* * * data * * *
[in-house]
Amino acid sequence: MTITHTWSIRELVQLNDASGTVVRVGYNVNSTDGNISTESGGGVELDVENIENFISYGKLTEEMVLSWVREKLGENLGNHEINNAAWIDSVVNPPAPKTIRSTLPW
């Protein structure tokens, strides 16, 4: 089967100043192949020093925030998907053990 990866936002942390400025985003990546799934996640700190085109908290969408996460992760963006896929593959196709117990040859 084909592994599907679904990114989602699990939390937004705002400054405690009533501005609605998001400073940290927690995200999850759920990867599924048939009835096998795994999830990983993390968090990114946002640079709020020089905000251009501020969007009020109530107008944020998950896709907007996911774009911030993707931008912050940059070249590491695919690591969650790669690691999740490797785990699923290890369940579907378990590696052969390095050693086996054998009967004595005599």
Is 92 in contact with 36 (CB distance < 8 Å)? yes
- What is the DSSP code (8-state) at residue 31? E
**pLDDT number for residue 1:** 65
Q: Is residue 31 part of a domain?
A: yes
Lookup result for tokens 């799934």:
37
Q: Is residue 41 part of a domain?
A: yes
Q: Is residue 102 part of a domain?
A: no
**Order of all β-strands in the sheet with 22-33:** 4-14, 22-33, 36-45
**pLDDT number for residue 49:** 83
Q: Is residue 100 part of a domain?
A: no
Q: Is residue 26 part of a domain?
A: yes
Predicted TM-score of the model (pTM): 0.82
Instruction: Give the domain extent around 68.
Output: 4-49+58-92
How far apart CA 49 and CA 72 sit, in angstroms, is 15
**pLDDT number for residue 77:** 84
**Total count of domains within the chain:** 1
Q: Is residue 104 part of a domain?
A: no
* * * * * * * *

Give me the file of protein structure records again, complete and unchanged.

[in-house]
Amino acid sequence: MTITHTWSIRELVQLNDASGTVVRVGYNVNSTDGNISTESGGGVELDVENIENFISYGKLTEEMVLSWVREKLGENLGNHEINNAAWIDSVVNPPAPKTIRSTLPW
């Protein structure tokens, strides 16, 4: 089967100043192949020093925030998907053990 990866936002942390400025985003990546799934996640700190085109908290969408996460992760963006896929593959196709117990040859 084909592994599907679904990114989602699990939390937004705002400054405690009533501005609605998001400073940290927690995200999850759920990867599924048939009835096998795994999830990983993390968090990114946002640079709020020089905000251009501020969007009020109530107008944020998950896709907007996911774009911030993707931008912050940059070249590491695919690591969650790669690691999740490797785990699923290890369940579907378990590696052969390095050693086996054998009967004595005599």
Is 92 in contact with 36 (CB distance < 8 Å)? yes
- What is the DSSP code (8-state) at residue 31? E
**pLDDT number for residue 1:** 65
Q: Is residue 31 part of a domain?
A: yes
Lookup result for tokens 């799934």:
37
Q: Is residue 41 part of a domain?
A: yes
Q: Is residue 102 part of a domain?
A: no
**Order of all β-strands in the sheet with 22-33:** 4-14, 22-33, 36-45
**pLDDT number for residue 49:** 83
Q: Is residue 100 part of a domain?
A: no
Q: Is residue 26 part of a domain?
A: yes
Predicted TM-score of the model (pTM): 0.82
Instruction: Give the domain extent around 68.
Output: 4-49+58-92
How far apart CA 49 and CA 72 sit, in angstroms, is 15
**pLDDT number for residue 77:** 84
**Total count of domains within the chain:** 1
Q: Is residue 104 part of a domain?
A: no